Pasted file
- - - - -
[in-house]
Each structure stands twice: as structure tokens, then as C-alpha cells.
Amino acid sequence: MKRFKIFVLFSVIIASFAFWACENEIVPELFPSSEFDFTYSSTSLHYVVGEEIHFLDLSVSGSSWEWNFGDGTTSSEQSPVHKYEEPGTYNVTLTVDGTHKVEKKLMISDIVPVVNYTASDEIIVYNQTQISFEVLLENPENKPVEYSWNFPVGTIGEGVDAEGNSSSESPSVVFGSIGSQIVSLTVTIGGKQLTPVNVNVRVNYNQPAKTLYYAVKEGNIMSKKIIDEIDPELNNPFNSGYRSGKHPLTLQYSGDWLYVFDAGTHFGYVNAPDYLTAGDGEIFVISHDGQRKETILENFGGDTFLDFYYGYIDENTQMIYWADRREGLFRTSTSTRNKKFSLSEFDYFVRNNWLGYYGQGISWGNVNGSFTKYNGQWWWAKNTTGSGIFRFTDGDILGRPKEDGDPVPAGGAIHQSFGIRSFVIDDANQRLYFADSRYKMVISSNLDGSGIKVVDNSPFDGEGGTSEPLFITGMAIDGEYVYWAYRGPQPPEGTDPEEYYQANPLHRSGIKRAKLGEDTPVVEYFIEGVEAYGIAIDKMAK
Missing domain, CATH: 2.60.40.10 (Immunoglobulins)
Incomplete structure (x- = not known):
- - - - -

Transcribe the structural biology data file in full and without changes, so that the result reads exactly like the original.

[in-house]
Each structure stands twice: as structure tokens, then as C-alpha cells.
Amino acid sequence: MKRFKIFVLFSVIIASFAFWACENEIVPELFPSSEFDFTYSSTSLHYVVGEEIHFLDLSVSGSSWEWNFGDGTTSSEQSPVHKYEEPGTYNVTLTVDGTHKVEKKLMISDIVPVVNYTASDEIIVYNQTQISFEVLLENPENKPVEYSWNFPVGTIGEGVDAEGNSSSESPSVVFGSIGSQIVSLTVTIGGKQLTPVNVNVRVNYNQPAKTLYYAVKEGNIMSKKIIDEIDPELNNPFNSGYRSGKHPLTLQYSGDWLYVFDAGTHFGYVNAPDYLTAGDGEIFVISHDGQRKETILENFGGDTFLDFYYGYIDENTQMIYWADRREGLFRTSTSTRNKKFSLSEFDYFVRNNWLGYYGQGISWGNVNGSFTKYNGQWWWAKNTTGSGIFRFTDGDILGRPKEDGDPVPAGGAIHQSFGIRSFVIDDANQRLYFADSRYKMVISSNLDGSGIKVVDNSPFDGEGGTSEPLFITGMAIDGEYVYWAYRGPQPPEGTDPEEYYQANPLHRSGIKRAKLGEDTPVVEYFIEGVEAYGIAIDKMAK
Missing domain, CATH: 2.60.40.10 (Immunoglobulins)
Incomplete structure (x- = not known):